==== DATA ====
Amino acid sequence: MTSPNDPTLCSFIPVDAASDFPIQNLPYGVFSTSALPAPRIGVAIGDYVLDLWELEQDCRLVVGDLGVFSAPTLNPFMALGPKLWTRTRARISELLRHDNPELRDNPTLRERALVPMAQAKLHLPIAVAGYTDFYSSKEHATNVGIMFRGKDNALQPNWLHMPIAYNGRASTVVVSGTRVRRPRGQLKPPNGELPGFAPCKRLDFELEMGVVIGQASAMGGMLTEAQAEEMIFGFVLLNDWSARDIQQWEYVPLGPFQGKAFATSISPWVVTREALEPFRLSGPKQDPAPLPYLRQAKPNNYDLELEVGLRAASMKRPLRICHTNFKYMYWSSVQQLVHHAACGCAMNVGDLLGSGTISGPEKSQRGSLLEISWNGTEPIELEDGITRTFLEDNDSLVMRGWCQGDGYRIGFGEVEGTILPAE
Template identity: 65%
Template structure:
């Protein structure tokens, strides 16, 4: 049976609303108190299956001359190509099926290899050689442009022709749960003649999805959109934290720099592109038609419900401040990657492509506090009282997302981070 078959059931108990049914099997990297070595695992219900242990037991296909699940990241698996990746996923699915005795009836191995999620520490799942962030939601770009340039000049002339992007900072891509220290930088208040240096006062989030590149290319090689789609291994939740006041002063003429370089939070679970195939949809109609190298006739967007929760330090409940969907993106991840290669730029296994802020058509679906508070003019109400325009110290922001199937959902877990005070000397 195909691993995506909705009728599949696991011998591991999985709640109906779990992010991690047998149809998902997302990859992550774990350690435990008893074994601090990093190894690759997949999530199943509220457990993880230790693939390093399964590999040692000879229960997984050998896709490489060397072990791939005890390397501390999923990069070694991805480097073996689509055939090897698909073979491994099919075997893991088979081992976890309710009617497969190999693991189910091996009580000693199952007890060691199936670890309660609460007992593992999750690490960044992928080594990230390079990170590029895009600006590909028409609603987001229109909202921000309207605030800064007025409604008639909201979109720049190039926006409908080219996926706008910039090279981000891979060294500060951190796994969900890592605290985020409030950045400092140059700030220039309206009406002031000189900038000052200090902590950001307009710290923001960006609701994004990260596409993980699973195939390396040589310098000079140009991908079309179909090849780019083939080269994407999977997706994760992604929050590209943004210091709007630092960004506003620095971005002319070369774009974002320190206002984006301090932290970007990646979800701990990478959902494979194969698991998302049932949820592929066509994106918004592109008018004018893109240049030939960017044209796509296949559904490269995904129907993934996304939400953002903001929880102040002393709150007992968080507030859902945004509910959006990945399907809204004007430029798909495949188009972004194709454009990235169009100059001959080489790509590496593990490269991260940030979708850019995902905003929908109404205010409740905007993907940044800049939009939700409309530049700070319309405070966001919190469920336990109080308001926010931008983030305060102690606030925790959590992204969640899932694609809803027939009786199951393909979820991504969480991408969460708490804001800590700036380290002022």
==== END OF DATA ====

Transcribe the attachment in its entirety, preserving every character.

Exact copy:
Amino acid sequence: MTSPNDPTLCSFIPVDAASDFPIQNLPYGVFSTSALPAPRIGVAIGDYVLDLWELEQDCRLVVGDLGVFSAPTLNPFMALGPKLWTRTRARISELLRHDNPELRDNPTLRERALVPMAQAKLHLPIAVAGYTDFYSSKEHATNVGIMFRGKDNALQPNWLHMPIAYNGRASTVVVSGTRVRRPRGQLKPPNGELPGFAPCKRLDFELEMGVVIGQASAMGGMLTEAQAEEMIFGFVLLNDWSARDIQQWEYVPLGPFQGKAFATSISPWVVTREALEPFRLSGPKQDPAPLPYLRQAKPNNYDLELEVGLRAASMKRPLRICHTNFKYMYWSSVQQLVHHAACGCAMNVGDLLGSGTISGPEKSQRGSLLEISWNGTEPIELEDGITRTFLEDNDSLVMRGWCQGDGYRIGFGEVEGTILPAE
Template identity: 65%
Template structure:
């Protein structure tokens, strides 16, 4: 049976609303108190299956001359190509099926290899050689442009022709749960003649999805959109934290720099592109038609419900401040990657492509506090009282997302981070 078959059931108990049914099997990297070595695992219900242990037991296909699940990241698996990746996923699915005795009836191995999620520490799942962030939601770009340039000049002339992007900072891509220290930088208040240096006062989030590149290319090689789609291994939740006041002063003429370089939070679970195939949809109609190298006739967007929760330090409940969907993106991840290669730029296994802020058509679906508070003019109400325009110290922001199937959902877990005070000397 195909691993995506909705009728599949696991011998591991999985709640109906779990992010991690047998149809998902997302990859992550774990350690435990008893074994601090990093190894690759997949999530199943509220457990993880230790693939390093399964590999040692000879229960997984050998896709490489060397072990791939005890390397501390999923990069070694991805480097073996689509055939090897698909073979491994099919075997893991088979081992976890309710009617497969190999693991189910091996009580000693199952007890060691199936670890309660609460007992593992999750690490960044992928080594990230390079990170590029895009600006590909028409609603987001229109909202921000309207605030800064007025409604008639909201979109720049190039926006409908080219996926706008910039090279981000891979060294500060951190796994969900890592605290985020409030950045400092140059700030220039309206009406002031000189900038000052200090902590950001307009710290923001960006609701994004990260596409993980699973195939390396040589310098000079140009991908079309179909090849780019083939080269994407999977997706994760992604929050590209943004210091709007630092960004506003620095971005002319070369774009974002320190206002984006301090932290970007990646979800701990990478959902494979194969698991998302049932949820592929066509994106918004592109008018004018893109240049030939960017044209796509296949559904490269995904129907993934996304939400953002903001929880102040002393709150007992968080507030859902945004509910959006990945399907809204004007430029798909495949188009972004194709454009990235169009100059001959080489790509590496593990490269991260940030979708850019995902905003929908109404205010409740905007993907940044800049939009939700409309530049700070319309405070966001919190469920336990109080308001926010931008983030305060102690606030925790959590992204969640899932694609809803027939009786199951393909979820991504969480991408969460708490804001800590700036380290002022």